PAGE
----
Showing 1–12 of 30 results

  • Andre Perret Condrieu 2019

    £45.95

    “Brilliant straw. High-pitched orange zest, melon and violet aromas show impressive clarity and take on a suave floral quality with air. Silky and sharply focused on the palate, offering vivid citrus and pit fruit and honeydew flavors complemented by a subtle chamomile quality. Finishes very long and juicy, with resonating florality and strong tenacity. Raised in a combination of stainless steel tanks and oak barrels, 10% of them new. 93-94 points

    Two thousand-nineteen gave somewhat riper fruit than 2018, Perret told me, “but 2018 is, by historical standards, quite a ripe vintage, itself.” While the Condrieus from 2017 to 2019, may not age as slowly as those from 2016 or 2015, what they might sacrifice in cellar-worthiness they more than make up for in sheer deliciousness.”

    Josh Raynolds, Vinous (05/20)

    In Stock

  • Andre Perret Condrieu Chery 2019

    £59.99

    “Vivid, green-tinged yellow. Expansive orchard, citrus fruit, melon and floral aromas are sharpened by notes of smoky minerals and lemon zest. Concentrated pear, Meyer lemon and violet pastille flavors show a suave blend of richness and delicacy thanks to a core of juicy acidity and an emerging mineral nuance. Closes juicy, taut and extremely long, leaving a sexy floral note behind. 95-96 points

    Two thousand-nineteen gave somewhat riper fruit than 2018, Perret told me, “but 2018 is, by historical standards, quite a ripe vintage, itself.” While the Condrieus from 2017 to 2019, may not age as slowly as those from 2016 or 2015, what they might sacrifice in cellar-worthiness they more than make up for in sheer deliciousness.”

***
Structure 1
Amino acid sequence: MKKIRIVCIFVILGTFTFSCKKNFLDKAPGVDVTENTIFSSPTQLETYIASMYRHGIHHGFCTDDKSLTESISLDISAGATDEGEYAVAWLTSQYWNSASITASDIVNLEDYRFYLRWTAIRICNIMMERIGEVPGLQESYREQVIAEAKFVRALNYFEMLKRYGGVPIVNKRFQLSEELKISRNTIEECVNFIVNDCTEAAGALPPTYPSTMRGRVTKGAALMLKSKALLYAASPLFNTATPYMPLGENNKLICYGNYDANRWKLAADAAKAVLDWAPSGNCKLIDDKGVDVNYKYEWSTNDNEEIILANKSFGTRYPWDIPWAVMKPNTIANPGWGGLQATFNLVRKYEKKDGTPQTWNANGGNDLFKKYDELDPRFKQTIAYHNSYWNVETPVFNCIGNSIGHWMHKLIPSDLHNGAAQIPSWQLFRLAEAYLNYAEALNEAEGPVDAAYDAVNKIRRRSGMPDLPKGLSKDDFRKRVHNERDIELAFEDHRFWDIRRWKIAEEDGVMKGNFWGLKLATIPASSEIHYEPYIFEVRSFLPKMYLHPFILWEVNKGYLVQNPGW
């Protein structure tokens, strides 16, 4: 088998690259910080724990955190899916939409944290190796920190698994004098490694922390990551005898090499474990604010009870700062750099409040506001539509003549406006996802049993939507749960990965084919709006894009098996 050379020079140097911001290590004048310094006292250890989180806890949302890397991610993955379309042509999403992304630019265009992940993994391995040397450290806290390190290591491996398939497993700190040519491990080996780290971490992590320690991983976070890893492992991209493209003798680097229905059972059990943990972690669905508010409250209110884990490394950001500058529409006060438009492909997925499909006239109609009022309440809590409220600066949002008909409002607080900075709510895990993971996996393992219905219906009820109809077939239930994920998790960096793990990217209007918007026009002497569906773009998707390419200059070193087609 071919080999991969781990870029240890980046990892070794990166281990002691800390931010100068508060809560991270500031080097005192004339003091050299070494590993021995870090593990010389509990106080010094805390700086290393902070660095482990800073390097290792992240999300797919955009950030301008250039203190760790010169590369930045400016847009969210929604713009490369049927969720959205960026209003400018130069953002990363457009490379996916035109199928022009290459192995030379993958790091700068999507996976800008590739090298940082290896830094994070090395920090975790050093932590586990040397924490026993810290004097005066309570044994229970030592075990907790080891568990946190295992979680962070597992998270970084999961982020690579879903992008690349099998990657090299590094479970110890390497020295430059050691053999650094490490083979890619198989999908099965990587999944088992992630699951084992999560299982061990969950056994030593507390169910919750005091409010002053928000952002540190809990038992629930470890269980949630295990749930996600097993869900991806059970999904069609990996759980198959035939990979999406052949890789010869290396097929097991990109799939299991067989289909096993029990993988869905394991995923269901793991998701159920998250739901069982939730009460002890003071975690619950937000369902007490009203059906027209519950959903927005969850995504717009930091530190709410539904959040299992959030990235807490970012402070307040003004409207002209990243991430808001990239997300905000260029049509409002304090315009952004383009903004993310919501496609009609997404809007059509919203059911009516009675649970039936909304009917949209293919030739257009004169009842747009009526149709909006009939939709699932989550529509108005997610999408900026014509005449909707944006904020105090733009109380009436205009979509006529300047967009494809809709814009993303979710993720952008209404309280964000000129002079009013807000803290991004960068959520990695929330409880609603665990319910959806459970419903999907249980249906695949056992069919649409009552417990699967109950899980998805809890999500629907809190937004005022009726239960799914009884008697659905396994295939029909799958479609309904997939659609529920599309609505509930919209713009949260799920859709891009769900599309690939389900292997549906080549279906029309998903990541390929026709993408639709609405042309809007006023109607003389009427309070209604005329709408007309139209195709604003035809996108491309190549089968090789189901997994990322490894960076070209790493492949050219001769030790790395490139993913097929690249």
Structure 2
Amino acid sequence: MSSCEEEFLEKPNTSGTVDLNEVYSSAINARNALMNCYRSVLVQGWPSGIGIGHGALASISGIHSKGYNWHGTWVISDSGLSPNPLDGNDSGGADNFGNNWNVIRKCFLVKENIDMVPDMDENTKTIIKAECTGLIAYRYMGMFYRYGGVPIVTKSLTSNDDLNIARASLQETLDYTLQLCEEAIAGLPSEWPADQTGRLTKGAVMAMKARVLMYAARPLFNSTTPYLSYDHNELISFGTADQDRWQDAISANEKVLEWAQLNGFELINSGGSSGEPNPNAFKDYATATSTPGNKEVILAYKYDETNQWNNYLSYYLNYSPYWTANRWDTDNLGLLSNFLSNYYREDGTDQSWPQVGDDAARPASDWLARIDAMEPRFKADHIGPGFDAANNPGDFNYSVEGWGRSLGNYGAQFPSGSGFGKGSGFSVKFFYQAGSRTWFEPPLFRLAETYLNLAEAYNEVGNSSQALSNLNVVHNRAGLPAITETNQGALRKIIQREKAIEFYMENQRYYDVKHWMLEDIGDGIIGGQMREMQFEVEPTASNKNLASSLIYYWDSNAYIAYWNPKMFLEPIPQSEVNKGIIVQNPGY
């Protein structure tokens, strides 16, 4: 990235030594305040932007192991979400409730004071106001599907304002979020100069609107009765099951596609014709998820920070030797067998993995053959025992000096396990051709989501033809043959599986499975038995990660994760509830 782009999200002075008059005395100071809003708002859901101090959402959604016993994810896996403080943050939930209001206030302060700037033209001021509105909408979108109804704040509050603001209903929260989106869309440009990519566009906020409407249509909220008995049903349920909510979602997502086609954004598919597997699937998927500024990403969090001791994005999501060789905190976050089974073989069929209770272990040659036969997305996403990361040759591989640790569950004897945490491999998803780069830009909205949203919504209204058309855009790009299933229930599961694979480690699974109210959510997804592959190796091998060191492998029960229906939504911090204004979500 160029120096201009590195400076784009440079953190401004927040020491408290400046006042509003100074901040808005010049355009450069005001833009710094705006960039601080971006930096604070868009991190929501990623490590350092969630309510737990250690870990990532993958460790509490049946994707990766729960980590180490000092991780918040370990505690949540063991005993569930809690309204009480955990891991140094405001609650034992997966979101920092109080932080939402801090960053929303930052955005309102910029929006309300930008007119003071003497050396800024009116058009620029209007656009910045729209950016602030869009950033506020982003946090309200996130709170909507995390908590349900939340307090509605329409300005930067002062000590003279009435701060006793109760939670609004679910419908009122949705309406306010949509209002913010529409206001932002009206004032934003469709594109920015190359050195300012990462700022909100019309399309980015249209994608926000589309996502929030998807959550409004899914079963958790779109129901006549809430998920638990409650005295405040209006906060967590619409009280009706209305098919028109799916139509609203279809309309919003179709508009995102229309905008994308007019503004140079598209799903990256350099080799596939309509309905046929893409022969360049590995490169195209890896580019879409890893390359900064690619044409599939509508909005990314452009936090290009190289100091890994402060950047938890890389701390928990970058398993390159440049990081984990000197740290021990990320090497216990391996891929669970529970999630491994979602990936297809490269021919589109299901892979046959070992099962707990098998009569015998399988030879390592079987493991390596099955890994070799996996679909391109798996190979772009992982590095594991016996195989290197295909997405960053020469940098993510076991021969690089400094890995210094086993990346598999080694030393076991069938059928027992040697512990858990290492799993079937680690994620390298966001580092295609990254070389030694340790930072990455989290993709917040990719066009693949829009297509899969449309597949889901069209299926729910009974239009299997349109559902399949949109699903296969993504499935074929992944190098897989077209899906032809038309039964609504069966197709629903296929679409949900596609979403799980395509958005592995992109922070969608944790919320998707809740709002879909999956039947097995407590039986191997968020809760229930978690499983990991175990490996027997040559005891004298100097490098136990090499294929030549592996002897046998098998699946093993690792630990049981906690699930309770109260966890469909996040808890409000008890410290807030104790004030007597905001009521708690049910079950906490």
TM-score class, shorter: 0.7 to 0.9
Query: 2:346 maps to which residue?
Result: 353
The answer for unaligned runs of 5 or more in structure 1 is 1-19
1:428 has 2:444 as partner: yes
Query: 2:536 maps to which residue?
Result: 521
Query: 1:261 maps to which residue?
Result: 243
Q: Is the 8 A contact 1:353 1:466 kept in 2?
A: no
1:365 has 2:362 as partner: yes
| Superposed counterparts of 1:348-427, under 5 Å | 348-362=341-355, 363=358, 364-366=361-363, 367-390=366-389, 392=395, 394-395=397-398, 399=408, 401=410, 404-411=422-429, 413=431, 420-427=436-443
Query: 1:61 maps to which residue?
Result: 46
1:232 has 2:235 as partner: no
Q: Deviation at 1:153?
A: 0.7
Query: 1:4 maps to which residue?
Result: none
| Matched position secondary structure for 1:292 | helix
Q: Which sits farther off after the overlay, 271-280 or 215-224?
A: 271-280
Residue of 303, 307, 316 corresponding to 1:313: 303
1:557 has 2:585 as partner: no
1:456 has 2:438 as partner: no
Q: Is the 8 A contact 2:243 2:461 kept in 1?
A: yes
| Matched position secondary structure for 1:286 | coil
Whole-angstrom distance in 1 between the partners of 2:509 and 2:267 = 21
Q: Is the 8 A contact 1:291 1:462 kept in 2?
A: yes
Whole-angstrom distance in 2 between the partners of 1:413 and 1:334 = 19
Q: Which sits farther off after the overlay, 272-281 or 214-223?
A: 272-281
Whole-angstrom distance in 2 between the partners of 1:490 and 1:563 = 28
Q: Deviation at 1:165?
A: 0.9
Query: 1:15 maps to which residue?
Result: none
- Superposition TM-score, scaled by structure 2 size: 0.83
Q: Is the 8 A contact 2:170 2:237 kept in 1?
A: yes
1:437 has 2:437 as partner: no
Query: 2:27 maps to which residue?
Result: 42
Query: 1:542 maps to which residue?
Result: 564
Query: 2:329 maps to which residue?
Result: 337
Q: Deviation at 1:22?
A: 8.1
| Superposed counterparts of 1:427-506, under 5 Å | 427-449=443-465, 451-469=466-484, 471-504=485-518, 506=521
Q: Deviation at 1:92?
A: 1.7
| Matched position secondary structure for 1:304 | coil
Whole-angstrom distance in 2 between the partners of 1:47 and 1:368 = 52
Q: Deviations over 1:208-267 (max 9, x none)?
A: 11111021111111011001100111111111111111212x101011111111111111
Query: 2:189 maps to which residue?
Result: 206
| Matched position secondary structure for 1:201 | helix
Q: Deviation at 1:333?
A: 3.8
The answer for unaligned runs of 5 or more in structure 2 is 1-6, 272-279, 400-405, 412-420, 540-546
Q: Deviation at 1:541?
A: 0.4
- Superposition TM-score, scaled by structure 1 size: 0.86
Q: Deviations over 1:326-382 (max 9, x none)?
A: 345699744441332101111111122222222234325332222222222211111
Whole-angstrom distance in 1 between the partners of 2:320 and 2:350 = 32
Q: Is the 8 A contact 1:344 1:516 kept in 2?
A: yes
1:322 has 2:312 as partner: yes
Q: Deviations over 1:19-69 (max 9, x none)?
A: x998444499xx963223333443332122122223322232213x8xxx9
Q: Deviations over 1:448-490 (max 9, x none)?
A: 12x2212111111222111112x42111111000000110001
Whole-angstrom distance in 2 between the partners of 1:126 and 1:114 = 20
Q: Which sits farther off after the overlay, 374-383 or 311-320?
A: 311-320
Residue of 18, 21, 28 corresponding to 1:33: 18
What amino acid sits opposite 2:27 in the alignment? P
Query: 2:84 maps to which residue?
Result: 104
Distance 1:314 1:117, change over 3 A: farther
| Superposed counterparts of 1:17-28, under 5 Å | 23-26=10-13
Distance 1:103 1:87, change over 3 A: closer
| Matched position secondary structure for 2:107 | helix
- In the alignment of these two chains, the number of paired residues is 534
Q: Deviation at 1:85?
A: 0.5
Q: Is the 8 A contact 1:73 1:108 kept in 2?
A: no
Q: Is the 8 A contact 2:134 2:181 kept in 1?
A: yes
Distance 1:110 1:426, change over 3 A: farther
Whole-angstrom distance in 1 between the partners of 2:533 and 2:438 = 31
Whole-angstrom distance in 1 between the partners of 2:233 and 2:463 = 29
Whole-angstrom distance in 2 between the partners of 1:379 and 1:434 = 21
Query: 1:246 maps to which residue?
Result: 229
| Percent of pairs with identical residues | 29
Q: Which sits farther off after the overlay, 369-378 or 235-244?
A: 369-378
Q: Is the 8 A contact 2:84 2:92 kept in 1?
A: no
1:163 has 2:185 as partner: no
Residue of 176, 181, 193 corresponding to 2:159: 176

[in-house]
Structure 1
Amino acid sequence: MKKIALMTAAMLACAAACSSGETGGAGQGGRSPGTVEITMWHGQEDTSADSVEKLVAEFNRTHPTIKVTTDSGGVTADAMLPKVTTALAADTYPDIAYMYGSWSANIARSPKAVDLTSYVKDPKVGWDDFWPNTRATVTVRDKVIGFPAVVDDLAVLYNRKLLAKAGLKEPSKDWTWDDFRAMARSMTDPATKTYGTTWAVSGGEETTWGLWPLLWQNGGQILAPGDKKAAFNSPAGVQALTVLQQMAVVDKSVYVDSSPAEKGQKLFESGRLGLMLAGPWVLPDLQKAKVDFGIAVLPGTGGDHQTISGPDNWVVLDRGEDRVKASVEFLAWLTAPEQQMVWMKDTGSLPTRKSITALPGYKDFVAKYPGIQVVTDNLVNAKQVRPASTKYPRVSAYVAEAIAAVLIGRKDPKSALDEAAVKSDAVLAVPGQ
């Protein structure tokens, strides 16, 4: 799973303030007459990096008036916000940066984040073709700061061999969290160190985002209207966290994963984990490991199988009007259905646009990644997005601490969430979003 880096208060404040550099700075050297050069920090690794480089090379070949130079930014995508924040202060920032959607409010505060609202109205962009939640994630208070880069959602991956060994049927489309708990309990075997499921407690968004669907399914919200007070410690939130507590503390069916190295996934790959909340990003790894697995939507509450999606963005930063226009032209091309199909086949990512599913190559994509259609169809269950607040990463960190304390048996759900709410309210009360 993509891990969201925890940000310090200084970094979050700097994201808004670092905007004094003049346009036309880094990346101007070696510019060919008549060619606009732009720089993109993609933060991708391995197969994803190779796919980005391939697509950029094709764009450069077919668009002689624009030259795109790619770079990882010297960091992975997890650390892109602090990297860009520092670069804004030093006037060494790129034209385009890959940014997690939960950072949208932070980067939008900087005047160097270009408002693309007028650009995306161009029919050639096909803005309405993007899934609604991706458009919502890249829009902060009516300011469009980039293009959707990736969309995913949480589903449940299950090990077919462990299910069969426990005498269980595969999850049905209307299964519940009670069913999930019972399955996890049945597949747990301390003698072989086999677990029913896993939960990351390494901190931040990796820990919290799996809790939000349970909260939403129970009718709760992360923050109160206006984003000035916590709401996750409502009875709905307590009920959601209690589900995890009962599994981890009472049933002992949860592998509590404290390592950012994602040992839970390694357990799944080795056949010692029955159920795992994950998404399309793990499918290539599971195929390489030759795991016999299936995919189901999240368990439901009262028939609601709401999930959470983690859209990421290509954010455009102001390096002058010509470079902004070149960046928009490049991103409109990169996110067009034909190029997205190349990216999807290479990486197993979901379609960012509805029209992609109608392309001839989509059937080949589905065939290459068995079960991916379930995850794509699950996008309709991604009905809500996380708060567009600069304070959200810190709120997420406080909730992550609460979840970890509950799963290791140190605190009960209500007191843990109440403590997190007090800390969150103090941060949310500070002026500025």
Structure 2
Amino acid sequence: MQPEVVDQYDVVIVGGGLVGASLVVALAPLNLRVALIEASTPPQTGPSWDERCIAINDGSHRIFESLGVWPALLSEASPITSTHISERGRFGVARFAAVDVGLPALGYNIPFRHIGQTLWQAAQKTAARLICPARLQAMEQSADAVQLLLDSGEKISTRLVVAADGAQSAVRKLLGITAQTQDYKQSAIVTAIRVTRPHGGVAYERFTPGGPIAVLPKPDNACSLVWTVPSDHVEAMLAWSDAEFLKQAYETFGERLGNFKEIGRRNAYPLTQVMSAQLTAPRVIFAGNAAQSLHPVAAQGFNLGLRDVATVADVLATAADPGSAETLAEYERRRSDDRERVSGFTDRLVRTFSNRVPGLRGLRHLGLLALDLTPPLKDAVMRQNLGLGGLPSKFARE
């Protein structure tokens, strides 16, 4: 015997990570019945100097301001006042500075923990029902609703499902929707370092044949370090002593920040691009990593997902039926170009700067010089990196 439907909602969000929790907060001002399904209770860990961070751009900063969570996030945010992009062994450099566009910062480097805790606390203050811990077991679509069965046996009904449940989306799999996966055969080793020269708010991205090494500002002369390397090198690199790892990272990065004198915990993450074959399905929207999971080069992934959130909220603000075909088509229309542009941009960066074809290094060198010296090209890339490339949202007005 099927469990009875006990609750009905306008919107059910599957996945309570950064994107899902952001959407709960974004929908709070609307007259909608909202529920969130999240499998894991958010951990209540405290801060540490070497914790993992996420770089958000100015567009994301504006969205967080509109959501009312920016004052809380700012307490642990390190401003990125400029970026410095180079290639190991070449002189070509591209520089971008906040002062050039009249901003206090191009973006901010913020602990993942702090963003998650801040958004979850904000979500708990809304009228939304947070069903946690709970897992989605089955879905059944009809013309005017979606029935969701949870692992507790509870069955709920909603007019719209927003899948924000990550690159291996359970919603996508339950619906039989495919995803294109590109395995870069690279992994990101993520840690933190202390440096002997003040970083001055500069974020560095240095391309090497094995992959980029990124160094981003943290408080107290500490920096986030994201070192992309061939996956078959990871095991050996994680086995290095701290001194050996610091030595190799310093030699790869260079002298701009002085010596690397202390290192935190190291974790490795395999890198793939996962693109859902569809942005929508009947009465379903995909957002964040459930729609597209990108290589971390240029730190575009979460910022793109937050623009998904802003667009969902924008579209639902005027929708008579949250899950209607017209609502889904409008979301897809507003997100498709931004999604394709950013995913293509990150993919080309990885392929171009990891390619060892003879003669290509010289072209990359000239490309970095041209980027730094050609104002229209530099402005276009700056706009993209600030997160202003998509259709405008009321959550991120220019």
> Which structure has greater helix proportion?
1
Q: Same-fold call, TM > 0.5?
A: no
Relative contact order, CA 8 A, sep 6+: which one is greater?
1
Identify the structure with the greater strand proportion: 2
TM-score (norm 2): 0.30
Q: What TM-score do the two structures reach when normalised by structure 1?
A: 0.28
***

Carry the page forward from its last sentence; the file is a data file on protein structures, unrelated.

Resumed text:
Josh Raynolds, Vinous (05/20)

    In Stock

  • Domaine de la Janasse Chateauneuf-du-Pape Blanc 2019

    £45.99

    “60% Grenache Blanc, 20% Clairette, 20% Roussanne. Aged in 10% new oak, 10% old oak and 80% concrete.

    Tasted blind. Very elegant nose – verbena with acacia honey and a sherbet twang. Golden apples, rich ripe fruit and loads of acidity keep this really interesting. Lovely weight and poise. Drink: 2021-2027. 17+ points”

    Alistair Cooper, JancisRobinson.com (11/20)

    In Stock

  • Domaine du Monteillet Condrieu 2019

    £36.99

    Review to follow

    In Stock

  • Domaine du Monteillet Cote-Rotie Fortis 2018

    £59.99

    “Dark berries, potpourri, pungent spices and a hint of pipe tobacco on the highly perfumed nose. Juicy, penetrating and appealingly sweet, offering intense blackberry and cherry liqueur flavors and a smoky mineral nuance that builds with air. Supple, slowly building tannins frame an impressively persistent, mineral-driven finish that echoes the dark berry and spice notes. 92-94 points

    It’s easy to compare 2019 and 2018, Stéphane Montez said, because “they were mostly hot and dry years, but 2018 gave a bigger crop and the fruit goes more red than dark.” That said, he’s impressed by the fresh character of that dark fruit in the 2019s, pointing out that “their energy and tannins are also not what you’d expect from a hot year.” He’s one of many producers I visited who imagine 2019 as “kind of a cross of 2009 and 2010 or, maybe better, 2015 and 2016, with structure but not too much, not hard, and there’s strong fruit expression.””